If anyone doubted that the United States is under new management, President Donald Trump disabused them of that notion in his first United Nations General Assembly speech. Trump has said what it said before the United Nations before, but no American president said those things inside the General Assembly meeting hall. Trump was employing diplomacy as a fully charged phaser bank, to use a reference from “Star Trek.”

Trump threatens to destroy North Korea

Most of the media are noting the president’s threat to destroy North Korea [VIDEO] to stop its drive to create a nuclear arsenal and the missiles to deliver it. He was very blunt.

The United Nations will restrain Kim Jong-un, or the United States will do it, and it will not be pretty. He used his new signature term for the North Korean leader, “Rocket Man” with no apologies to Elton John and declared him to be on a suicide mission.

Iran gets some attention as well

Least it feels neglected, the Islamic Republic of Iran got some attention as well. Trump demanded that Iran free American and other nationals that it has unjustly detained. He also, in a pointed reference to Iran’s drive for a nuclear arsenal, demanded that the country be made to stop its “pursuit of death and destruction.” He referred to the long-suffering people of Iran who have been ground down by the regime and hinted that the 2015 nuclear weapons deal would not last for much longer.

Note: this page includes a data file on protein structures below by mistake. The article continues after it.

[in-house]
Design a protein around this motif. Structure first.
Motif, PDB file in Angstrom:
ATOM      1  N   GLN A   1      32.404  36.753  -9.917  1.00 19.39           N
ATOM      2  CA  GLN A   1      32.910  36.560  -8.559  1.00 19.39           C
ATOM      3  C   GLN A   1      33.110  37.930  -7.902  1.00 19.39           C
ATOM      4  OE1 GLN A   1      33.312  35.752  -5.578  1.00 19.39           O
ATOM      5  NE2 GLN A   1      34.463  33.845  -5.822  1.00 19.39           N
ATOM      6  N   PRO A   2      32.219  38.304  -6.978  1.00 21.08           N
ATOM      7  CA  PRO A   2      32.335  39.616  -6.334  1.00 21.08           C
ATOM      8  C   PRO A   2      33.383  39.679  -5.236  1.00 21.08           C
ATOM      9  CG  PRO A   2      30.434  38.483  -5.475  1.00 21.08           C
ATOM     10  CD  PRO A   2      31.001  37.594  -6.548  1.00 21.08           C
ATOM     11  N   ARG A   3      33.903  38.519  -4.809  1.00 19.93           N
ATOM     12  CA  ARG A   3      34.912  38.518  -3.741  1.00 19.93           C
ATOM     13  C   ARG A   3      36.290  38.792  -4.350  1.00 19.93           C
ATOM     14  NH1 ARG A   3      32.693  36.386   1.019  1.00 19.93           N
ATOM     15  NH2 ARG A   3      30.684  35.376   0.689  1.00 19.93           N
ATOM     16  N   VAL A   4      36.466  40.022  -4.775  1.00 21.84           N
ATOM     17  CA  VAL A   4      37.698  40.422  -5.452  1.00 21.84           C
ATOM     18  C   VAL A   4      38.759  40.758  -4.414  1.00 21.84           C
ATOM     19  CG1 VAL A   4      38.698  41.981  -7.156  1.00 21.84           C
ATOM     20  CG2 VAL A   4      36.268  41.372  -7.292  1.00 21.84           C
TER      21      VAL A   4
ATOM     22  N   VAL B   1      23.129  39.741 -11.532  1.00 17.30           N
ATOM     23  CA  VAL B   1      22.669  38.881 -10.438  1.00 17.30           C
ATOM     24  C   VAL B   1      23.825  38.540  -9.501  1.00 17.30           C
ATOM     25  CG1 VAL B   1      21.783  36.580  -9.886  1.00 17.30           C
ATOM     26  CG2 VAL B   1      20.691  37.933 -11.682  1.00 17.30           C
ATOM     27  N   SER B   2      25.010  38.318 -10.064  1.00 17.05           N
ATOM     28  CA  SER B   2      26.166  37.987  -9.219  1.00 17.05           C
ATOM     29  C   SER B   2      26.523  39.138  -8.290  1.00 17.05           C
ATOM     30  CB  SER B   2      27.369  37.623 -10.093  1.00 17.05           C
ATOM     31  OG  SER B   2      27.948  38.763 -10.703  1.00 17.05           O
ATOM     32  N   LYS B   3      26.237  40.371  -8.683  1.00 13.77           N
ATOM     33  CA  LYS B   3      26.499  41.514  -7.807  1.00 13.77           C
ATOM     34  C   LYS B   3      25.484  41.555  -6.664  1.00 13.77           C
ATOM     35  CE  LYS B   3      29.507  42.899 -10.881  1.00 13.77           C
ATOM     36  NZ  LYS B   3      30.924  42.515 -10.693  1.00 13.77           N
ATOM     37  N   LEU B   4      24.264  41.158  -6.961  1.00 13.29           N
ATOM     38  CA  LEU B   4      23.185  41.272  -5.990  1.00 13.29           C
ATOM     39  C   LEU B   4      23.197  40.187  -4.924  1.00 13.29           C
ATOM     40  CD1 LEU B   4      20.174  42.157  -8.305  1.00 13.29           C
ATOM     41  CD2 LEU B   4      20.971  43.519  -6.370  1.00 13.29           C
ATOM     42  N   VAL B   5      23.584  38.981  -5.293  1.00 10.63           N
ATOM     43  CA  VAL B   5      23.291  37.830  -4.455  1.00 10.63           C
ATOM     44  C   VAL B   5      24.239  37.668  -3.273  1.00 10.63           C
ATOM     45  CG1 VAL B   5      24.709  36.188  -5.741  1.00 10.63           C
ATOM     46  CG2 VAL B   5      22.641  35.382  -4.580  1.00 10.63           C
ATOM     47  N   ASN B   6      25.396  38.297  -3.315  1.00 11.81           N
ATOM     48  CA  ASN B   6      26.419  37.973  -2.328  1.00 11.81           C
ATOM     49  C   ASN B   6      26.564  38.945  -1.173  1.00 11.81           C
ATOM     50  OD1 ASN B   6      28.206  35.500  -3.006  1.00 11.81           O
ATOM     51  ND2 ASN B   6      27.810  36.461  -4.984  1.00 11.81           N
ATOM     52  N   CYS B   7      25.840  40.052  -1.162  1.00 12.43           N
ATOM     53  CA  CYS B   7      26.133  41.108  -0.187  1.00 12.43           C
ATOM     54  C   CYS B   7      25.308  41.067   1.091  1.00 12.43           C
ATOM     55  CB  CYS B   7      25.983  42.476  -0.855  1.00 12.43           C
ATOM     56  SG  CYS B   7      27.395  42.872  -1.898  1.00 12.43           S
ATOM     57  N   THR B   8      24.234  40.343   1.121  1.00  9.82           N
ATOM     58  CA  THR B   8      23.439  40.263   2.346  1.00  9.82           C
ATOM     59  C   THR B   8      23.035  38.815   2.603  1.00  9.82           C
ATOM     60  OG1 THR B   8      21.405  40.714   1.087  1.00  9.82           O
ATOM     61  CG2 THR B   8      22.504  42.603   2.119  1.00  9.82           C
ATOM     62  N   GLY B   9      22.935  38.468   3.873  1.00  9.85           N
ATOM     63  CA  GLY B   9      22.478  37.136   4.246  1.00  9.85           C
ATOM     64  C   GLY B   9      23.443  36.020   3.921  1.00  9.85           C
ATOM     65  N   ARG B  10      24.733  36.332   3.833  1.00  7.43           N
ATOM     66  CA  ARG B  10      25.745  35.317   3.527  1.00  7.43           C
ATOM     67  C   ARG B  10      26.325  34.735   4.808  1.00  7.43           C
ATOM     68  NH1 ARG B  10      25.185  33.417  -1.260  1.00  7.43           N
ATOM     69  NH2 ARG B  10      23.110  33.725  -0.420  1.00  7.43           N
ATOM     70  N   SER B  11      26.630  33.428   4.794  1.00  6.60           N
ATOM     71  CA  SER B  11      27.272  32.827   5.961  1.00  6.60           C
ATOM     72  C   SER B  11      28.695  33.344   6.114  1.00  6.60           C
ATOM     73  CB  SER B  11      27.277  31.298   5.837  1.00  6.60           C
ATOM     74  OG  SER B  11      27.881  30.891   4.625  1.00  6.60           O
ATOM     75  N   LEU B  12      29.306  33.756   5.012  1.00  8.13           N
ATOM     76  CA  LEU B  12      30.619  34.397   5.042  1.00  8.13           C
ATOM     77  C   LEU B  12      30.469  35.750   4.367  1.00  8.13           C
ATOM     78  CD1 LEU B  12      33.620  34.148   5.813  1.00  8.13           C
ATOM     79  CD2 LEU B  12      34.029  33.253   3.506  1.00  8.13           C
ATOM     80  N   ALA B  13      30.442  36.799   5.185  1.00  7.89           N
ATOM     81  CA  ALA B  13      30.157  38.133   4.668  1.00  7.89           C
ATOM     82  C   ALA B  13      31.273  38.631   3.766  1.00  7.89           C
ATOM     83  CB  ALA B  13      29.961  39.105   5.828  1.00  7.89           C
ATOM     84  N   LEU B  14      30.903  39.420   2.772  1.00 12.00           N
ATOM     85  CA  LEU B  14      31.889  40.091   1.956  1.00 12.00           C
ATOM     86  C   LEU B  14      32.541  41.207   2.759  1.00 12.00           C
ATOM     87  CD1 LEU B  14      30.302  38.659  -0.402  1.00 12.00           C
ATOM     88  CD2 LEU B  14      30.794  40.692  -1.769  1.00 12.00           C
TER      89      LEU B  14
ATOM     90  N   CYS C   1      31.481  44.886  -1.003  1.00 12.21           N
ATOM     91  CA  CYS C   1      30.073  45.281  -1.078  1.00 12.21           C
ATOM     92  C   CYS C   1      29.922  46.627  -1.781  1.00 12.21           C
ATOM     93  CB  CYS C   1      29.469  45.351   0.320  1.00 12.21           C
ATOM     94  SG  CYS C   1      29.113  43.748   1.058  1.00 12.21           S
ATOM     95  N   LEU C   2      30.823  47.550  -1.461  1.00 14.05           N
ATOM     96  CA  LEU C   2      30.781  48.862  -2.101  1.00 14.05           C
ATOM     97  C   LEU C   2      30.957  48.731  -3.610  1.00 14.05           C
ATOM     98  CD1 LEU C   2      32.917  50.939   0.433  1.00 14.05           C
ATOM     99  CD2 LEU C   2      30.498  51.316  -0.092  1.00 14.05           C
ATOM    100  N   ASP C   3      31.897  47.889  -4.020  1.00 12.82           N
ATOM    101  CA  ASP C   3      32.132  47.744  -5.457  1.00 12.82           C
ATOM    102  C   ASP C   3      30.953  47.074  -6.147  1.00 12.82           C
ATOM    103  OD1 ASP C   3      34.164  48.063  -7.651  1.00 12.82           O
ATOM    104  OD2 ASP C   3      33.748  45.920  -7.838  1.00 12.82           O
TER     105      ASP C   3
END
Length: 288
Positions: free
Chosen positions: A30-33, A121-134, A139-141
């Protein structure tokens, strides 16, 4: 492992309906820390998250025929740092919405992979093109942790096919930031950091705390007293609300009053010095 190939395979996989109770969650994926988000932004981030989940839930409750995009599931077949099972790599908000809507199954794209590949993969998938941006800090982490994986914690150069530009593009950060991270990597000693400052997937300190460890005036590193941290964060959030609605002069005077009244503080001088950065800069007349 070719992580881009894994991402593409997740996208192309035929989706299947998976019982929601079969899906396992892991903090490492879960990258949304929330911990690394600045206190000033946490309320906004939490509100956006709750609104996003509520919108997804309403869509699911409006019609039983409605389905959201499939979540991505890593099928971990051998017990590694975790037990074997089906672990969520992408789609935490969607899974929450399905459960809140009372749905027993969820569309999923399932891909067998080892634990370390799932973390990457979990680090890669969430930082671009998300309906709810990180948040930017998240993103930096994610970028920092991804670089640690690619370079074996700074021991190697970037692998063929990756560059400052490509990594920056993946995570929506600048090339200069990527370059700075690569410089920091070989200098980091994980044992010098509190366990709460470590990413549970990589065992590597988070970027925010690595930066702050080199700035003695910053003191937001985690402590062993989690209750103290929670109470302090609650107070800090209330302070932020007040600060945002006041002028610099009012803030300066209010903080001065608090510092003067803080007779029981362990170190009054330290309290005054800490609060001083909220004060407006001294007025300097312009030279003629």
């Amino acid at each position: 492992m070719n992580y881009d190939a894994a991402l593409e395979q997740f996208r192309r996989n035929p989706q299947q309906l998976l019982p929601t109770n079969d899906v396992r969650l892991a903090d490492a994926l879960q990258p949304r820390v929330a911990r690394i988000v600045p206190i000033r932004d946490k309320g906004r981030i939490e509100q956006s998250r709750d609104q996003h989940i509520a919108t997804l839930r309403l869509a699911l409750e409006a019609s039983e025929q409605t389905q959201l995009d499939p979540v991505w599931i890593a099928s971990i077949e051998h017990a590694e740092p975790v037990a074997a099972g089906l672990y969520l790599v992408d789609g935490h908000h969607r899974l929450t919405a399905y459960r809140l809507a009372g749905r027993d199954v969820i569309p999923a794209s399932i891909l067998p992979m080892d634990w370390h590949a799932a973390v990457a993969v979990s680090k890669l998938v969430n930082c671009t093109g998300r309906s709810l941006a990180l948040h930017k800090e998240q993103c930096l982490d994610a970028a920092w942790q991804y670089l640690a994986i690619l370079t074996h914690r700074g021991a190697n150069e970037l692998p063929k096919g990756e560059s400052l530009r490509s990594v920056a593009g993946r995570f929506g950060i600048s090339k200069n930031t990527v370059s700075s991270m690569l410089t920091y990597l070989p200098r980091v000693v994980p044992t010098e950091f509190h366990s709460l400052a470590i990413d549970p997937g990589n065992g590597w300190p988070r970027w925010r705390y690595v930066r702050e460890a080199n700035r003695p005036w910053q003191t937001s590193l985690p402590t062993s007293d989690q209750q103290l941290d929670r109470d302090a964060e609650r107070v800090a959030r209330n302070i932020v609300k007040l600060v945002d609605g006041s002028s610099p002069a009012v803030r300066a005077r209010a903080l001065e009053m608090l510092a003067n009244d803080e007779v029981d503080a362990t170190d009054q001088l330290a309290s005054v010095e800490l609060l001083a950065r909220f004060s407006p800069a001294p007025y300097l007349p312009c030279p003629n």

About socialism and radical Islam

Trump also turned his rhetoric on Venezuela, a country suffering from the end stage of socialism.

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He stated, “The problem in Venezuela is not that socialism has been poorly implemented, but that socialism has been faithfully implemented.”

Trump also used the phrase “radical Islamic terrorism” to describe the threat that has haunted the world since before 9/11. He drew out that sentence to make certain that everyone heard what he was saying. His use of the phrase was a direct rebuke to his predecessor who refused to use it, using mealy-mouthed terms such as “workplace violence” to describe terrorist attacks.

The reaction

No doubt, enemies of the United States were shocked at having to listen to such language, used as they are to being talked to in more diplomatic language. Israeli Prime Minister Benjamin Netanyahu, on the other hand, likely thought he had died and gone to heaven. He tweeted that he had never heard a UN speech that was “so brave and so sharp." John Bolton, George W. Bush’s UN ambassador, also pronounced himself well pleased. The media and political reaction from around the world are just beginning, however.